This is Deborah Greene with her father.
10 months ago he committed suicide.
She learned about his death in the middle of a Whole Foods store.
She says she will never forget how the people in the store helped her that day.
And she just wrote an open letter to them that was printed in themighty.com
I remember you.
10 months ago my cell phone rang with news of my father’s suicide.
My brother was telling me my father was dead, that he had taken his own life early that morning and through his own sobs, I remember my brother kept saying, “I’m sorry Deborah, I’m so sorry.”
And as we hung up the phone, I started to cry and scream as my whole body trembled.
Overwhelmed with emotions, I fell to the floor, my knees buckling under the weight of what I had just learned.
And you kind strangers, you were there.
You could have kept on walking, ignoring my cries, but you didn’t.
No, instead you surrounded me as I yelled through my sobs, “My father killed himself. He killed himself. He’s dead.”
I remember in that haze of emotions, one of you asked for my phone and asked who you should call.
What was my password?
You needed my husband’s name as you searched through my contacts.
I remember I could hear your words as you tried to reach my husband for me, leaving an urgent message for him to call me.
I recall hearing you discuss among yourselves who would drive me home in my car and who would follow that person to bring them back to the store.
You didn’t even know one another, but it didn’t seem to matter. You encountered me, a stranger, in the worst moment of my life and you coalesced around me with common purpose — to help.
In my fog, I told you that I had a friend, Pam, who worked at Whole Foods and one of you went in search of her.
Thankfully, she was there that morning and you brought her to me.
She took me to the back, comforting and caring for me until my husband could get to me.
And I even recall as I sat with her, one of you sent back a gift card to Whole Foods; though you didn’t know me, you wanted to offer a little something to let me know that you would be thinking of me and holding me and my family in your thoughts and prayers.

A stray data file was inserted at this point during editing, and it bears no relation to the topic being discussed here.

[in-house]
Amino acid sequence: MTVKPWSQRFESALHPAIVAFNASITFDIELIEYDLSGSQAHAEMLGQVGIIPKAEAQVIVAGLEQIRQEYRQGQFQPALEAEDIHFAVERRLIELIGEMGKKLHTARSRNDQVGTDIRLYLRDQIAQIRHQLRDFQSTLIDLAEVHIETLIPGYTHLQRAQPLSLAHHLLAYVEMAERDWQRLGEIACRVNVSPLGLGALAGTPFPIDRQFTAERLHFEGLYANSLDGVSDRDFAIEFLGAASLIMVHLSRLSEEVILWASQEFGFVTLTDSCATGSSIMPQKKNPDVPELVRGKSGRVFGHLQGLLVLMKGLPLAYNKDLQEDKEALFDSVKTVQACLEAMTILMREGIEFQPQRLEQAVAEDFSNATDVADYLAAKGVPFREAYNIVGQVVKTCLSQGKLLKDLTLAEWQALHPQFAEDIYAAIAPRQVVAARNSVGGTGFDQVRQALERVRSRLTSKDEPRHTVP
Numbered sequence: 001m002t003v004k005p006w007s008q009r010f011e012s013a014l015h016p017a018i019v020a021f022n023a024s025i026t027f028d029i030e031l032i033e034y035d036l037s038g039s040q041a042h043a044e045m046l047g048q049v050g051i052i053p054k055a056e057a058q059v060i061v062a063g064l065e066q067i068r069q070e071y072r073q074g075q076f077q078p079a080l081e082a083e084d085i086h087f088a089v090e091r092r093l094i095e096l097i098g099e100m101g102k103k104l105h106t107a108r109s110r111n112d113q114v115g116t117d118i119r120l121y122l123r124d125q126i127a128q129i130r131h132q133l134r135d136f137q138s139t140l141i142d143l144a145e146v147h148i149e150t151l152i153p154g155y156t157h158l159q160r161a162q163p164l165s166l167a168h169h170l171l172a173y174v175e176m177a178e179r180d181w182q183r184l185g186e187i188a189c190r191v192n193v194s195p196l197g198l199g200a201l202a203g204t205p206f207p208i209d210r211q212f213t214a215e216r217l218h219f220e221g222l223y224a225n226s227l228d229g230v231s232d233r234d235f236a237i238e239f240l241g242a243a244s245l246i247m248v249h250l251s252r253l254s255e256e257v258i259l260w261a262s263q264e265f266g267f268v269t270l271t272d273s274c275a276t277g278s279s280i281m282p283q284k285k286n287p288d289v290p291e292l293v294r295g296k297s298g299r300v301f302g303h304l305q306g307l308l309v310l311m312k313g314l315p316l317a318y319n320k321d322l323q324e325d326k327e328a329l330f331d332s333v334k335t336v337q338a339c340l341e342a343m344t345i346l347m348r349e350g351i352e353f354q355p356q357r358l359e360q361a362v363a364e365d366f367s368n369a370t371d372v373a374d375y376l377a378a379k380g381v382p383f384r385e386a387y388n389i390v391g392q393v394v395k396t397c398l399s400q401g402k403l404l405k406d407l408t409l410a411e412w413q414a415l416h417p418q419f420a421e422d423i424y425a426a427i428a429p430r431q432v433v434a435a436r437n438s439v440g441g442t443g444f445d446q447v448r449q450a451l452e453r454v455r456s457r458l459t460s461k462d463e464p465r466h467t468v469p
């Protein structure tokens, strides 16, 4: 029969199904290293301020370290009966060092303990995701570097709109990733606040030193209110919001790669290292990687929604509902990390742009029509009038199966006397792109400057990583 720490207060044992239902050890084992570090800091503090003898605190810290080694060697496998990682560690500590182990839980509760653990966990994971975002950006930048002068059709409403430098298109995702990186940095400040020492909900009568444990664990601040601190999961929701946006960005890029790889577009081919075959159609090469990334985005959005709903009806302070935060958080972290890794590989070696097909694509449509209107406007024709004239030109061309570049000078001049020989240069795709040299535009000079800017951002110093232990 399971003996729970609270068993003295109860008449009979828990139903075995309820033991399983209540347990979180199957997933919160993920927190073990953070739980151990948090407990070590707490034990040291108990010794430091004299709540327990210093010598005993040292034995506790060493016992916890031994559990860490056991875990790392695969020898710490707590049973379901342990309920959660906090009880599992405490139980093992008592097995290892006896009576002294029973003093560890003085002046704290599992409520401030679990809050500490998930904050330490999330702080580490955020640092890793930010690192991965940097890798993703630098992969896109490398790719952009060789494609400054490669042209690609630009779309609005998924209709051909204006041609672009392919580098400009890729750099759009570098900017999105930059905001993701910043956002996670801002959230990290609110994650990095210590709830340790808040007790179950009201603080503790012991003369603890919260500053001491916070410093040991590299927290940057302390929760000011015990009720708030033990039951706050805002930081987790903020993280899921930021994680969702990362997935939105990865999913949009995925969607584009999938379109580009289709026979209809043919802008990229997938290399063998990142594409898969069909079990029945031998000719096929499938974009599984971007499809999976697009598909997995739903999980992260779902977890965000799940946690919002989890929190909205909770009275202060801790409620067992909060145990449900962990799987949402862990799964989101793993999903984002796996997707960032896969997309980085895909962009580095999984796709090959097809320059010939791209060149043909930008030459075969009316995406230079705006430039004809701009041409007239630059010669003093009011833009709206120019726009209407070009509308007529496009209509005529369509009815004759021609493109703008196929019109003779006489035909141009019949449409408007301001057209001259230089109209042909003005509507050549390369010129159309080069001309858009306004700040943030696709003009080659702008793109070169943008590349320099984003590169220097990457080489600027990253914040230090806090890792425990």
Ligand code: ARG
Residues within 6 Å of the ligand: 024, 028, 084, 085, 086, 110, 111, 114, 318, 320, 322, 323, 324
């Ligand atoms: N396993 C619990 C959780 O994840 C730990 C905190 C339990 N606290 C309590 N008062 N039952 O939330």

That gift card helped to feed my family, when the idea of cooking was so far beyond my emotional reach.
I never saw you after that.
But I know this to be true: If it were not for all of you, I might have simply gotten in the car and tried to drive myself home.
I wasn’t thinking straight, if I was thinking at all.
If it were not for you, I don’t know what I would’ve done in those first raw moments of overwhelming shock, anguish and grief.
But I thank God every day I didn’t have to find out.
Your kindness, your compassion, your willingness to help a stranger in need have stayed with me until this day.
And no matter how many times my mind takes me back to that horrible life altering moment, it is not all darkness.
Because you reached out to help, you offered a ray of light in the bleakest moment I’ve ever endured.
You may not remember it.
You may not remember me.
But I will never, ever forget you.
And though you may never know it, I give thanks for your presence and humanity each and every day.
As sad as this story is, it’s also so refreshing to me how everyone jumped in to help.
I’ve always believed that down inside people are good.
And I’ve always found that when things are at their worst, it tends to bring out the best in people.
Just ask Deborah Greene